They wanted to get involved. Working outdoors in the fresh air, with age-old hand tools and techniques such as plumb-bob scribing, is a richly rewarding experience … all culminating in the day of the barn raising. More and more people became involved and several carpentry courses were incorporated into the program. Complete beginners, and people of all shapes and sizes, found their place in the team and often surprised themselves as they discovered how easy it is to pick up these “village carpentry” skills. The fact that people want to volunteer demonstrates how much the skilled use of hand tools is a boost to our physical and mental well-being.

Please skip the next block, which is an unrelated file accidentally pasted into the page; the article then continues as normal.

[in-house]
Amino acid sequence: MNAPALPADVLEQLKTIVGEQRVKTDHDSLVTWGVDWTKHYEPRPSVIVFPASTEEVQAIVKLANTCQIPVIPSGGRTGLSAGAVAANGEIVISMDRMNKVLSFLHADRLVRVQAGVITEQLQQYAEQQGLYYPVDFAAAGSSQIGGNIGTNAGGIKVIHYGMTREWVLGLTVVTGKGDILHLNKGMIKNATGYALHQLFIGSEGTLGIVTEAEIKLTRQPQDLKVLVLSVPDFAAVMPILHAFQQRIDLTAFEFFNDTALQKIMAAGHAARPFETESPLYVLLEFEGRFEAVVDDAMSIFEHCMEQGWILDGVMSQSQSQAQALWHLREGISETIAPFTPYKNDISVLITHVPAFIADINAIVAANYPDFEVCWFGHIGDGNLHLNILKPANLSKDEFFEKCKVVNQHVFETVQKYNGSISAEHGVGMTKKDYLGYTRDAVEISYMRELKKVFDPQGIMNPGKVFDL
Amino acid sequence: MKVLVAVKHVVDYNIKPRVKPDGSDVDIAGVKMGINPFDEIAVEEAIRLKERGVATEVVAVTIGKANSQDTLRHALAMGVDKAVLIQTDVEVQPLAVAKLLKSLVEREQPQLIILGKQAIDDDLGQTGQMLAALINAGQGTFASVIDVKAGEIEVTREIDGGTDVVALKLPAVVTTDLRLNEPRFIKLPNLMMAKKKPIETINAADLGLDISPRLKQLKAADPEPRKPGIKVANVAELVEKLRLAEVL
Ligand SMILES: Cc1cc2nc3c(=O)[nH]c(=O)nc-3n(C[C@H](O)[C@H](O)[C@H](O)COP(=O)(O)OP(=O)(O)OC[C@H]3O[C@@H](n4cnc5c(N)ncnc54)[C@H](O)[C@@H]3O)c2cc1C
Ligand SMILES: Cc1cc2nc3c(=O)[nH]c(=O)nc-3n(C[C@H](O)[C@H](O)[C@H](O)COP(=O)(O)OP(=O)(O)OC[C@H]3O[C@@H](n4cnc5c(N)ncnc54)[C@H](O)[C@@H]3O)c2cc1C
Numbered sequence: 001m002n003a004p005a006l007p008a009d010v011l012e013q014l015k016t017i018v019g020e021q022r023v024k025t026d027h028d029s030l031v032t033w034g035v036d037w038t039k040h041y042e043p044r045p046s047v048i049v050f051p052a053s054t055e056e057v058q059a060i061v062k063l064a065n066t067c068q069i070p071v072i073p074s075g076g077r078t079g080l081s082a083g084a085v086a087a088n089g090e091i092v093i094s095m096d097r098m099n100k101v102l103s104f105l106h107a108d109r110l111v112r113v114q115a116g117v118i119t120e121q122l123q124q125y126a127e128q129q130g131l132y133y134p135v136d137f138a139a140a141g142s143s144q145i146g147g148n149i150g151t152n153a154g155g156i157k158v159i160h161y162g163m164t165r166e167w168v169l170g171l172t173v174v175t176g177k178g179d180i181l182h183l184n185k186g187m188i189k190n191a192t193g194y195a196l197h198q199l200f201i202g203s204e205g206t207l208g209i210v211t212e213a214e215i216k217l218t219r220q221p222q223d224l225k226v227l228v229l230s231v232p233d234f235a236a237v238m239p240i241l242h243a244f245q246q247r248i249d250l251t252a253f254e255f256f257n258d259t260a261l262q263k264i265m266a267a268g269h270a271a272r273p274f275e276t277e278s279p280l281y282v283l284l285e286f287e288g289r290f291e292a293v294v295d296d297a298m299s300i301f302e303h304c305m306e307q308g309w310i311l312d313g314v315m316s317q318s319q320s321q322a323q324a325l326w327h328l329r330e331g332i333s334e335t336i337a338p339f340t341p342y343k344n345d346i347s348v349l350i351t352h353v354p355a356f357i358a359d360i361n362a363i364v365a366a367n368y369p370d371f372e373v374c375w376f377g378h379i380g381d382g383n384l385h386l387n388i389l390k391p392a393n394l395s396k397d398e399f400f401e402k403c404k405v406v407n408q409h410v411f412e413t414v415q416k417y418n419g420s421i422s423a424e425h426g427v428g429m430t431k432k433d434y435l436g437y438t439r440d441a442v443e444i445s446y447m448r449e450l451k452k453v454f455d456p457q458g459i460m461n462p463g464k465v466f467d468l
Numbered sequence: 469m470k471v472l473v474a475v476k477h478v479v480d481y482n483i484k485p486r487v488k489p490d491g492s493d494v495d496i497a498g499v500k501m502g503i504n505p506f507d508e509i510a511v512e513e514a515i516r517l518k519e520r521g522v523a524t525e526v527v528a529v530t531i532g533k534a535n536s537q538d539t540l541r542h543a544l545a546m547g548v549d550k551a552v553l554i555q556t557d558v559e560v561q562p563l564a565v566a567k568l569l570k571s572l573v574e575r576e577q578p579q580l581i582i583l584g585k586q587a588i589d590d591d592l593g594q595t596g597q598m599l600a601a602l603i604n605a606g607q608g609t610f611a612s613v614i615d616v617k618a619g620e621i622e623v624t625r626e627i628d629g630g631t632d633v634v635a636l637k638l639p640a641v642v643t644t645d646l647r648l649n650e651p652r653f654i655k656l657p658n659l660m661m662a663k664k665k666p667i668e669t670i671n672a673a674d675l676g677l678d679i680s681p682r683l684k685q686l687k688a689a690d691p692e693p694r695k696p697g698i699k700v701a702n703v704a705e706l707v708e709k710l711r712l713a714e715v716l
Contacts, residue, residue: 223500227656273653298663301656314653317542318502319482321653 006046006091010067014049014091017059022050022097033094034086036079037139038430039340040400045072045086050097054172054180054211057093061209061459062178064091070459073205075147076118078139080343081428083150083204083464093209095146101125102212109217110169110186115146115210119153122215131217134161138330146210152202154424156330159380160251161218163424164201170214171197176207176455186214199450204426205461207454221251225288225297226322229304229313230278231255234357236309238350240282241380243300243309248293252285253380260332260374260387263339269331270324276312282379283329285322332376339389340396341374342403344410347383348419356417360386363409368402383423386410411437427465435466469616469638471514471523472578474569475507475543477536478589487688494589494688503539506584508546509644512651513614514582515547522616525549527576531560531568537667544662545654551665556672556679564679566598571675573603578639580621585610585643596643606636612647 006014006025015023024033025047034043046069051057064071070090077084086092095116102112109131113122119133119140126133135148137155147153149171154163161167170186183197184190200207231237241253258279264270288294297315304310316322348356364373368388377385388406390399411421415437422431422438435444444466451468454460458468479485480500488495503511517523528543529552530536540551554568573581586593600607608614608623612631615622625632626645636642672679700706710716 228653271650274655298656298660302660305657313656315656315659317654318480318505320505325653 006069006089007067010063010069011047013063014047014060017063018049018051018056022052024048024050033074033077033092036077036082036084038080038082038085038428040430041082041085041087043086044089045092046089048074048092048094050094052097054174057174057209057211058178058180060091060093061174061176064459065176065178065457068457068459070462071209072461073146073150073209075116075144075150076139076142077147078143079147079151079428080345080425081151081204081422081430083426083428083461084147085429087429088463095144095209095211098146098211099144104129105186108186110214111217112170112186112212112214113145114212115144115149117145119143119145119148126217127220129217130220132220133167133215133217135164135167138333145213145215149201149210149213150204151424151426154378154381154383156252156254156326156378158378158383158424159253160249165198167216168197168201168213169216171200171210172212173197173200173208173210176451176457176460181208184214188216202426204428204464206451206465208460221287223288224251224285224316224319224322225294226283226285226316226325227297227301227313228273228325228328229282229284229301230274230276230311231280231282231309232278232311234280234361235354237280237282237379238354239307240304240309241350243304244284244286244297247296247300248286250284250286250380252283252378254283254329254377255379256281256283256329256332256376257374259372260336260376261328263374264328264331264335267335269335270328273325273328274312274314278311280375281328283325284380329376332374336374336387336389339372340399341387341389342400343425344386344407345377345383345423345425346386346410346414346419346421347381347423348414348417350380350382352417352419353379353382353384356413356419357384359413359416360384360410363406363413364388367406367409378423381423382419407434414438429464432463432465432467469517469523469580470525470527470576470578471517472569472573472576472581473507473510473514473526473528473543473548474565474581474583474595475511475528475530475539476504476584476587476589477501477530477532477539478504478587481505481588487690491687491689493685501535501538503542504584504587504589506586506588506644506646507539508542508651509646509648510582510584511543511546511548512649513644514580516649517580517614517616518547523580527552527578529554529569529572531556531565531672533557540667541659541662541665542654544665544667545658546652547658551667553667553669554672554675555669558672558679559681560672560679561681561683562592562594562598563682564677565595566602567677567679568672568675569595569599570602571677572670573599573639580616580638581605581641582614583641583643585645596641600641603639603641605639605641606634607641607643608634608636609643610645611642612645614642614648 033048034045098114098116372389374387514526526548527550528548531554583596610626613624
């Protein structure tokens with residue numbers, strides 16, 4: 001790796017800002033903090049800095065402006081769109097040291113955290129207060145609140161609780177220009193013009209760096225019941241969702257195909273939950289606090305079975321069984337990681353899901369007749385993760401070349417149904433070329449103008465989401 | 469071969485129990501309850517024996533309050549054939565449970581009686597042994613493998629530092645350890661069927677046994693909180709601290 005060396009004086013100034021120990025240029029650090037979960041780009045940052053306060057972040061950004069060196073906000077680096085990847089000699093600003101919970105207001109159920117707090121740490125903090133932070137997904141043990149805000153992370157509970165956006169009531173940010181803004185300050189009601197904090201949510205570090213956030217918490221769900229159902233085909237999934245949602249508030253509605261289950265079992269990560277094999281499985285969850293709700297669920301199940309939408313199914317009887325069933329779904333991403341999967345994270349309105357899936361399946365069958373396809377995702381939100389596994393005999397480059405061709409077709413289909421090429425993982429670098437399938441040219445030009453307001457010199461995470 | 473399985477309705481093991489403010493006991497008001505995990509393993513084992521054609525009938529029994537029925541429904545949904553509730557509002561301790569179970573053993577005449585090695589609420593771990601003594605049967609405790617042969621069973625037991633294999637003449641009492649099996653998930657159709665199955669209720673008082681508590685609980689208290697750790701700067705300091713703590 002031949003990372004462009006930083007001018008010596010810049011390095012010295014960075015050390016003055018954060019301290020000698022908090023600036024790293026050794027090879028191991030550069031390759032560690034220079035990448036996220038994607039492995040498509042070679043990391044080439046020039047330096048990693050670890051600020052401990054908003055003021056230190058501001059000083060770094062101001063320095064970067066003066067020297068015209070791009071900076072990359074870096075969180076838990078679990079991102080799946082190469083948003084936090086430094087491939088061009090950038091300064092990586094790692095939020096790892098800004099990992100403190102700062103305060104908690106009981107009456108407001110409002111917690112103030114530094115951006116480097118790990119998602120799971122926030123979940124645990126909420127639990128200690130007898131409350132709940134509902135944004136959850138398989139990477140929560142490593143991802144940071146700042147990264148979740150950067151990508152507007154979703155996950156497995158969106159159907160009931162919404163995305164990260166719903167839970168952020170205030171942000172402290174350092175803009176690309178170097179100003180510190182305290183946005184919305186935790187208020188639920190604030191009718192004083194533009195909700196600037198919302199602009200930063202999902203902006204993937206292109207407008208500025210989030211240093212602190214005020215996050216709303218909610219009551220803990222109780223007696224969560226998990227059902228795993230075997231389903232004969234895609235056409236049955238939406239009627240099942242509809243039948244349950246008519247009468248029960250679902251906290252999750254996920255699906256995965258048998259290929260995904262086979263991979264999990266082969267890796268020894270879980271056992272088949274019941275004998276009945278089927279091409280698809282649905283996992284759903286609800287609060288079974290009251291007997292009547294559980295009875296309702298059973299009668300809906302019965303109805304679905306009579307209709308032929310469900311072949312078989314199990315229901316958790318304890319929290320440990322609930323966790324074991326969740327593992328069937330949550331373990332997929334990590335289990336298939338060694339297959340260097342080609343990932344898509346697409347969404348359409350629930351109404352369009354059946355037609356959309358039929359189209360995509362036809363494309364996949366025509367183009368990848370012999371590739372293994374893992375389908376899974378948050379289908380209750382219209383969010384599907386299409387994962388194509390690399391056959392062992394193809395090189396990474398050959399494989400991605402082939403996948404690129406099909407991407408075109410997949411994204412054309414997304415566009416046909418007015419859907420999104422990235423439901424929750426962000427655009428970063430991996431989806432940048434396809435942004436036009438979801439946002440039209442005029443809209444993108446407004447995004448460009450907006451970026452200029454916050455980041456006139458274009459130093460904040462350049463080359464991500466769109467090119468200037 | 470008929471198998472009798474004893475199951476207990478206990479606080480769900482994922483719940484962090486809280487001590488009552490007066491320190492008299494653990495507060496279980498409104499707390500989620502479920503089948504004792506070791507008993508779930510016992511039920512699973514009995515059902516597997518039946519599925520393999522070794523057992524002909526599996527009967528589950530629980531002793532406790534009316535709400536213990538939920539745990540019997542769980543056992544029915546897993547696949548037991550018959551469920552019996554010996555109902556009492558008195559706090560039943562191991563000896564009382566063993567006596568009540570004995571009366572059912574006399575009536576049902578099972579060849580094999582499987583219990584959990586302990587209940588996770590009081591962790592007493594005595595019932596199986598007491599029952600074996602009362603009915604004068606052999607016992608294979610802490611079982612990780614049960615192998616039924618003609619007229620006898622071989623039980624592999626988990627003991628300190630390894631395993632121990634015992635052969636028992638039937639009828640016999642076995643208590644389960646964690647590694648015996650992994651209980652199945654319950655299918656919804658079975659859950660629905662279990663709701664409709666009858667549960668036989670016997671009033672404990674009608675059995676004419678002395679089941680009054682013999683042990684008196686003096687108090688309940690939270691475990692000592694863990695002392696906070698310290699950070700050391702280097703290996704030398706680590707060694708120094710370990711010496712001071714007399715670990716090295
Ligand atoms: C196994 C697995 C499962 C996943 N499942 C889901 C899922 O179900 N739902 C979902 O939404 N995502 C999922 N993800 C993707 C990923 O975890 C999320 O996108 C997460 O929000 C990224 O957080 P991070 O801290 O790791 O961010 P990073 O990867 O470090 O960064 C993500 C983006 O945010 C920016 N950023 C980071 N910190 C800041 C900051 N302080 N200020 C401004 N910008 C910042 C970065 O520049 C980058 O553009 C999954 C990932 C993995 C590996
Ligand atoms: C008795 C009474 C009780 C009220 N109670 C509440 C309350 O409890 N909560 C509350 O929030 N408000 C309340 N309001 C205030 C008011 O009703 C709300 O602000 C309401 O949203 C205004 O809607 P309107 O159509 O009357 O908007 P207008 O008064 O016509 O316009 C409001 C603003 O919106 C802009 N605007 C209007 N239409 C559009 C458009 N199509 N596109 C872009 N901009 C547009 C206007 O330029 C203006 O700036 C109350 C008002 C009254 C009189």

Barn Club, an off-shoot of Building Projects, is as much a social enterprise as a timber framing service. If you have a new barn in mind and want to get involved in the whole process, extending the experience to your family, friends and beyond, then Barn Club might be the way forward.
A beautifully illustrated book, following the story of Robert’s second elm barn, from the trees in the woods to the hand-raising of the completed frame, will be available from March 2021 – “Barn Club: a tale of forgotten elm trees, traditional craft and community spirit”. It is published by Chelsea Green UK Ltd. and can be ordered from good local bookshops, such as David’s Bookshop in Letchworth, and on line:
A further carpentry handbook, packed with diagrams and describing all the traditional joints and laying-up techniques in detail, will be available from 2022 – “The Elm Barn Carpentry Handbook”. For information go to: www.elmbarncarpentryhandbook.co.uk